The verdin (Auriparus flaviceps) is a species of penduline tit. It is the only species in the genus Auriparus and the only species in the family to be found in the New World.
immature - note red shoulder patch - gray/yellow head
The verdin is a very small bird. At 4.5 in (11 cm) in length, it rivals the American bushtit as one of the smallest passerines in North America. It is gray overall, and adults have a bright yellow head and rufous "shoulder patch" (the lesser coverts). Unlike the tits, it has a sharply pointed bill.
Sexs alike - adults have bright yellow heads

Verdins are insectivorous, continuously foraging among the desert trees and scrubs. They are usually solitary except when they pair up to construct their conspicuous nests. Verdins occasionally try to obtain tidbits of dried sugar water from hummingbird feeders. They also feed on fruit.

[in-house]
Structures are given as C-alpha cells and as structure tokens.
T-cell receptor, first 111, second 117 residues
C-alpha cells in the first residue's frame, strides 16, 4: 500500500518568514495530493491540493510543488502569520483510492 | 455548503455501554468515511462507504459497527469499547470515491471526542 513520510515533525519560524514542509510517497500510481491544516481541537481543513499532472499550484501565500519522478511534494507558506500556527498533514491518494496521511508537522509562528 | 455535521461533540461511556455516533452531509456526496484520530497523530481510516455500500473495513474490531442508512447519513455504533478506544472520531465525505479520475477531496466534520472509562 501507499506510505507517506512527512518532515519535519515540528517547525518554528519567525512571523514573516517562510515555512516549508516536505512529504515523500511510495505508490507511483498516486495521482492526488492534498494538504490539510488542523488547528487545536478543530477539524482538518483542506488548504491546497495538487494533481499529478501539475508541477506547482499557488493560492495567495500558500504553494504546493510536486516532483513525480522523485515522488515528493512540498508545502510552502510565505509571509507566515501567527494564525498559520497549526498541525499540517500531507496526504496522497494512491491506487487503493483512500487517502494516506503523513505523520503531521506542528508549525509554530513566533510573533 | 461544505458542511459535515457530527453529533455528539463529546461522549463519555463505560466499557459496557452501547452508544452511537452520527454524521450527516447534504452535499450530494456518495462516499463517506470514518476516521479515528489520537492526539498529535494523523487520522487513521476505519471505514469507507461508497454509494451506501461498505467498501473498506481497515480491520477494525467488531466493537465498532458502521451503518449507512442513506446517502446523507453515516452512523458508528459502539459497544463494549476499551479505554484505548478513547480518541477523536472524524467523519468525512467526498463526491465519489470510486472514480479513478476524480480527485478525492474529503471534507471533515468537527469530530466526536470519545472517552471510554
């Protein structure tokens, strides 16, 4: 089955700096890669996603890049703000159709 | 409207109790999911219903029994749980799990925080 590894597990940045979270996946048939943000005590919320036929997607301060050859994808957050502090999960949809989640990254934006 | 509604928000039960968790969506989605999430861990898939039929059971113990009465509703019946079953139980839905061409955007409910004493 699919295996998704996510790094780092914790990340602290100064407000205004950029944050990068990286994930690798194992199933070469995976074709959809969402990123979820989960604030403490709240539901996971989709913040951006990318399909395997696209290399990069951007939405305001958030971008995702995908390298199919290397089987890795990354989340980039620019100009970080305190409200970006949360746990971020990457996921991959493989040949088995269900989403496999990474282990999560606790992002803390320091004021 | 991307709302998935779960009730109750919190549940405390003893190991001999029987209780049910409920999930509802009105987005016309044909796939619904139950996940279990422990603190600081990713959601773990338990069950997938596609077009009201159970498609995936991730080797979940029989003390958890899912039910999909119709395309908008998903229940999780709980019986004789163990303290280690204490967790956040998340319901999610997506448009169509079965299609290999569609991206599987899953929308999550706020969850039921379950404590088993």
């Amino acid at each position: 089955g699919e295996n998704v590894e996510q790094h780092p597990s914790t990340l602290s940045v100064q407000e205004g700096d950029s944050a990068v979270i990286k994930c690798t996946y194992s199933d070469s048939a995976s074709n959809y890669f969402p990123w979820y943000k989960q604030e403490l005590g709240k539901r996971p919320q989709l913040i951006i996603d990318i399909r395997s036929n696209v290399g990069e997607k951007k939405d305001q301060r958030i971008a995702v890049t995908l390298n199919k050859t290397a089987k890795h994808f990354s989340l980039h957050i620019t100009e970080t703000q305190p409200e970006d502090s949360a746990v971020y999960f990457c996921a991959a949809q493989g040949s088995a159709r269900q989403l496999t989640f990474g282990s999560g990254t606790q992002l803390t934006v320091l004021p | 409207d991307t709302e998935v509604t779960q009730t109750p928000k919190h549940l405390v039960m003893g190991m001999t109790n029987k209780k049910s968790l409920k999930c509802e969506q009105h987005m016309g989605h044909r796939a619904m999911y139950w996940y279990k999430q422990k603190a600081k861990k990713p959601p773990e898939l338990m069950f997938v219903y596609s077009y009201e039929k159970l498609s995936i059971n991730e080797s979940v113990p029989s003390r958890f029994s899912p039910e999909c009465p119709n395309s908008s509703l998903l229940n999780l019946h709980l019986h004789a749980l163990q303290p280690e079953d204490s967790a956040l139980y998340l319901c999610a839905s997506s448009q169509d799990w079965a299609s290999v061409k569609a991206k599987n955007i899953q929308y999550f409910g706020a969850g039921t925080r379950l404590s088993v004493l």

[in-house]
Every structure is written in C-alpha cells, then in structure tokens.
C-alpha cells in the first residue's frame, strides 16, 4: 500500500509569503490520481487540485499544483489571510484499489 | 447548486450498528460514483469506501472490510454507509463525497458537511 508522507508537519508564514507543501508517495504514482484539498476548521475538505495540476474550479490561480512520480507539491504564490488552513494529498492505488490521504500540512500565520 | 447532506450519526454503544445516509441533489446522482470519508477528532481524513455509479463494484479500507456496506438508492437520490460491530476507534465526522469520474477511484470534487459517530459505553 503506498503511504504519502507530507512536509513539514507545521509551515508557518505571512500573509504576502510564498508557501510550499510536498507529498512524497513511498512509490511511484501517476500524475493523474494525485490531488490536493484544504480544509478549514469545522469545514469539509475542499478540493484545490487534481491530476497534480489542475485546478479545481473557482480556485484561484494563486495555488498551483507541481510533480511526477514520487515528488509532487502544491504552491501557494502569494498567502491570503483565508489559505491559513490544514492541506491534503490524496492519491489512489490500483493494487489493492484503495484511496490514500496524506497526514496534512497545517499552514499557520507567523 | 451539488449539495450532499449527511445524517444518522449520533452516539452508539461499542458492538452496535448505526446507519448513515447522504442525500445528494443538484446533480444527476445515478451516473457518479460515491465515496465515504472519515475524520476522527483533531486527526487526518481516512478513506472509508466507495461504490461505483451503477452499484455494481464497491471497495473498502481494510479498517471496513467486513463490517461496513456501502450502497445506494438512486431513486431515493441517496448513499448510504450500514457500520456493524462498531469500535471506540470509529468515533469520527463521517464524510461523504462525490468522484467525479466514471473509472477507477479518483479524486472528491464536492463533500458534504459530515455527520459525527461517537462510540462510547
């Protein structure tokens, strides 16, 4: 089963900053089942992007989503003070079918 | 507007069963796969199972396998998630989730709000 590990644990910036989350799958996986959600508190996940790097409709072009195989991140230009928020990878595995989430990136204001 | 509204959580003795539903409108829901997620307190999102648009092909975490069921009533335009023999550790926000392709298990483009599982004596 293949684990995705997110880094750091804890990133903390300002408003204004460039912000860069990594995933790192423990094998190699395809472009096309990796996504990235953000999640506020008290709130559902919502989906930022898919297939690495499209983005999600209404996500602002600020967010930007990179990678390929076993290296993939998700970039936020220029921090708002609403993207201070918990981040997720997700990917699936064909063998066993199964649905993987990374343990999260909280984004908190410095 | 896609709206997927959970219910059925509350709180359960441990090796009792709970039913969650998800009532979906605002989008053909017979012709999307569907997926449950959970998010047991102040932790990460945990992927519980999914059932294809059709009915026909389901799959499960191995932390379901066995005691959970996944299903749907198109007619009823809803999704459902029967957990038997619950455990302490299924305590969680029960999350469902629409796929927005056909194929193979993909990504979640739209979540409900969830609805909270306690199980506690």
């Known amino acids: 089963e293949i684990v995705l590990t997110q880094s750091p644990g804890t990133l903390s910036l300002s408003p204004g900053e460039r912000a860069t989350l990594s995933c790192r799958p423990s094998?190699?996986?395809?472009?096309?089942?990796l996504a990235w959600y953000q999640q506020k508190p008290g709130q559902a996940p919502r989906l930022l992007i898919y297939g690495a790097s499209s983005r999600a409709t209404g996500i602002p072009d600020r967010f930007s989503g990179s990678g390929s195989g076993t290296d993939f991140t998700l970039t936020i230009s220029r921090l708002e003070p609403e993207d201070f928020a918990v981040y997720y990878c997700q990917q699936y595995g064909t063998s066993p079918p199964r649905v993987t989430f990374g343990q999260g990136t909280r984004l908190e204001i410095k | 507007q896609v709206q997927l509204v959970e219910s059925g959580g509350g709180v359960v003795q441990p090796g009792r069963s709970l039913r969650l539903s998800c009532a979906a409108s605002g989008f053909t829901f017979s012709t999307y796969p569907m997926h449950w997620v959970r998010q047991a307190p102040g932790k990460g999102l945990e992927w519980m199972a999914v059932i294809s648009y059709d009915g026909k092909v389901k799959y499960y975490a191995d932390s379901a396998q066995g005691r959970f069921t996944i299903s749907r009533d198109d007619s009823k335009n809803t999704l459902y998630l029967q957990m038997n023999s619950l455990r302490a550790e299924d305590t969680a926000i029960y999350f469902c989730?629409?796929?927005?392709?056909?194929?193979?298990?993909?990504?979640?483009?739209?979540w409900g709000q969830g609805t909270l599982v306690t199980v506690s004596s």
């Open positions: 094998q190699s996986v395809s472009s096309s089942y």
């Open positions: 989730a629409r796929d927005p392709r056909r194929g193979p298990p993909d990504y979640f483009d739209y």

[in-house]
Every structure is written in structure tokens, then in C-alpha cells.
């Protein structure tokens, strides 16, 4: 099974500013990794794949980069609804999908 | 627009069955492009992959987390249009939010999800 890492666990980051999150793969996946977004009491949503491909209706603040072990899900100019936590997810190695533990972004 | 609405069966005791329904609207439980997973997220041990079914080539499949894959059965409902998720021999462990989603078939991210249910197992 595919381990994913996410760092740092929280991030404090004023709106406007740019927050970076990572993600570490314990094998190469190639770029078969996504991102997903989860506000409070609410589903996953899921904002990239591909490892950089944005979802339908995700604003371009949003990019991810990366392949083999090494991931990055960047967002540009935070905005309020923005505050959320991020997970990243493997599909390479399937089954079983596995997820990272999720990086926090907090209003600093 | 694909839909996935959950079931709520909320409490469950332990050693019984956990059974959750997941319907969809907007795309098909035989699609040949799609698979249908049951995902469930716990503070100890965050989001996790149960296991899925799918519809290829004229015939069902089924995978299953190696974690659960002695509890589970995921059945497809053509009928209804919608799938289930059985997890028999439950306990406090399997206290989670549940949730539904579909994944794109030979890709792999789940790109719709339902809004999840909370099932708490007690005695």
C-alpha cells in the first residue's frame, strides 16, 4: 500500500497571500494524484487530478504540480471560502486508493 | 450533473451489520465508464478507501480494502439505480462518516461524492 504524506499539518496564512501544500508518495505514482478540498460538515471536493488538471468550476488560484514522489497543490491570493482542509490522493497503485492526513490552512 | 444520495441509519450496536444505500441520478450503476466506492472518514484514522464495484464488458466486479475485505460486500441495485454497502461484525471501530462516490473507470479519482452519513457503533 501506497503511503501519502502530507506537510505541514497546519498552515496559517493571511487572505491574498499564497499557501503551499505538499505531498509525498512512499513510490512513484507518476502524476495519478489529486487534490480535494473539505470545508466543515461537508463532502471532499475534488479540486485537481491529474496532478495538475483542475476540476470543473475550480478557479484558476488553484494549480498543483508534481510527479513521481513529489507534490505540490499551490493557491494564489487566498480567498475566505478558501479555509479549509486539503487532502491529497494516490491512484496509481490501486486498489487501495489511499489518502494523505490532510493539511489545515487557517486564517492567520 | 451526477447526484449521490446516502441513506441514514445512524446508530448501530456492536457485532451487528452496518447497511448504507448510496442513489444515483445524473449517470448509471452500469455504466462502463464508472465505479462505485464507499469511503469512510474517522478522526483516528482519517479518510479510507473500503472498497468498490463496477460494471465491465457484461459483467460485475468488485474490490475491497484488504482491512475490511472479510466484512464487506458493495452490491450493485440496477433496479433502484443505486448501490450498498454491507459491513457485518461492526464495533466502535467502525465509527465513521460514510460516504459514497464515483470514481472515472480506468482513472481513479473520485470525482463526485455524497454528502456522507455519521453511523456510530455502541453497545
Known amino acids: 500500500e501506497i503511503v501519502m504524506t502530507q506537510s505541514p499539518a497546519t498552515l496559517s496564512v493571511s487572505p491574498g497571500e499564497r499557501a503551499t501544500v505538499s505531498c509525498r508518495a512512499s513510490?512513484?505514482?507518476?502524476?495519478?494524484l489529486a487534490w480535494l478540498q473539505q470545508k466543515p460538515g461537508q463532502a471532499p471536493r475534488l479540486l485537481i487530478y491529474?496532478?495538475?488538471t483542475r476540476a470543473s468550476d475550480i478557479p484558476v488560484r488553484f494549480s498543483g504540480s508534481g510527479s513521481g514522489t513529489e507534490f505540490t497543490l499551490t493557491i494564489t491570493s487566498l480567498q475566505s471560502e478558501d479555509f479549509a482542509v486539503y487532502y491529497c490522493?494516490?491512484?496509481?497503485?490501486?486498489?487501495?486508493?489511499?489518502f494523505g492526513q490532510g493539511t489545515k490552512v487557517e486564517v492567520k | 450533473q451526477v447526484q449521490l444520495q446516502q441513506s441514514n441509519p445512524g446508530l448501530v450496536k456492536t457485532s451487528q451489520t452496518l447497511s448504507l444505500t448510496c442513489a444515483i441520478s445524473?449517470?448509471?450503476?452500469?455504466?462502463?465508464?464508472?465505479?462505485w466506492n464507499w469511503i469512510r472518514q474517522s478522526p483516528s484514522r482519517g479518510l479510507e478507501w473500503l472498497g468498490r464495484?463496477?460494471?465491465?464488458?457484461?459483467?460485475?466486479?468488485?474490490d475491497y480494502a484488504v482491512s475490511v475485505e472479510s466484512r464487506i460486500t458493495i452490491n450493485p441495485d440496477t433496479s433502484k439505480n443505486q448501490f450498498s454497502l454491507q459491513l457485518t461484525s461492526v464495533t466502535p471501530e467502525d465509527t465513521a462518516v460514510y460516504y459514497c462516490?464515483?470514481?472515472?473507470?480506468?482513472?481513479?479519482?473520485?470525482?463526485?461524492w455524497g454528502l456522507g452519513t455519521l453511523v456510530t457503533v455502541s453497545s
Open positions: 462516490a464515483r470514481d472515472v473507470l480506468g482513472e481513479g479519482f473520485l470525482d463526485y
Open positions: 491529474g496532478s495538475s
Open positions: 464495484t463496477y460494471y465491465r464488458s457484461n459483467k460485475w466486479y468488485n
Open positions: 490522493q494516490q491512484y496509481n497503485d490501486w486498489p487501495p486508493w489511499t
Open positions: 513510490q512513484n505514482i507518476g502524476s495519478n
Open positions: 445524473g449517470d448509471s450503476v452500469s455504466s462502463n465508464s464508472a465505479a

Verdins are permanent residents of the southwestern United States and northern Mexico, ranging from southeastern California to Texas, throughout Baja California and into central Mexico, north of the Trans-Mexican Volcanic Belt.
Moves actively and nimbly among limbs of scrub vegetation, in a manner resembling that of chickadees. Often holds blossoms with feet while looking and picking at prey with bill.
immature - head just starting to turn yellow
The nest is large sphere (football sized) with a hole usually located near the bottom. Outer shell of sticks, lined with leaves and smaller twigs. Placed in shrub.